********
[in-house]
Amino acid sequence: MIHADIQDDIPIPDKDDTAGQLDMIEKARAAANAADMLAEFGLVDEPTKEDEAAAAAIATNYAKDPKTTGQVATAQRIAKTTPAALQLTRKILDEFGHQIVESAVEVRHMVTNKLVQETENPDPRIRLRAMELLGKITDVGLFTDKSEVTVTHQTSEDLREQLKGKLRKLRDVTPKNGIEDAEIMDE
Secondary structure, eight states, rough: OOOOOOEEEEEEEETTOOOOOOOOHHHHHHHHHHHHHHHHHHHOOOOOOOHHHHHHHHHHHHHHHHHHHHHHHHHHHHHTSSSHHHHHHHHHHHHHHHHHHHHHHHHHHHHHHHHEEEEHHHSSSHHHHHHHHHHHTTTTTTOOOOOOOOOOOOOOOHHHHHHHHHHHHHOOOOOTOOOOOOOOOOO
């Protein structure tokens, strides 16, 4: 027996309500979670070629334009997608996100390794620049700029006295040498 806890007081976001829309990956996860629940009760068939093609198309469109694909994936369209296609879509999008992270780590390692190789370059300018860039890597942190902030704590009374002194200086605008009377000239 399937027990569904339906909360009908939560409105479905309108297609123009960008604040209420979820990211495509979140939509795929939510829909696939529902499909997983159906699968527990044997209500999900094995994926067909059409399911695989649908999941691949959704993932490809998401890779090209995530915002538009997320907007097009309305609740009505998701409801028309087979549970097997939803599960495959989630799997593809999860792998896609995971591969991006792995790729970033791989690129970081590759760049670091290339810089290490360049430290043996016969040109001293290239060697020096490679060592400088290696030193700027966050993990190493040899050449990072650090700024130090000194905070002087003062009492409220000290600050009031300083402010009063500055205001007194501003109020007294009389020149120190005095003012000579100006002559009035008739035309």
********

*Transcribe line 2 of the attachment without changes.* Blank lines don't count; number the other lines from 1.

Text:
Amino acid sequence: MIHADIQDDIPIPDKDDTAGQLDMIEKARAAANAADMLAEFGLVDEPTKEDEAAAAAIATNYAKDPKTTGQVATAQRIAKTTPAALQLTRKILDEFGHQIVESAVEVRHMVTNKLVQETENPDPRIRLRAMELLGKITDVGLFTDKSEVTVTHQTSEDLREQLKGKLRKLRDVTPKNGIEDAEIMDE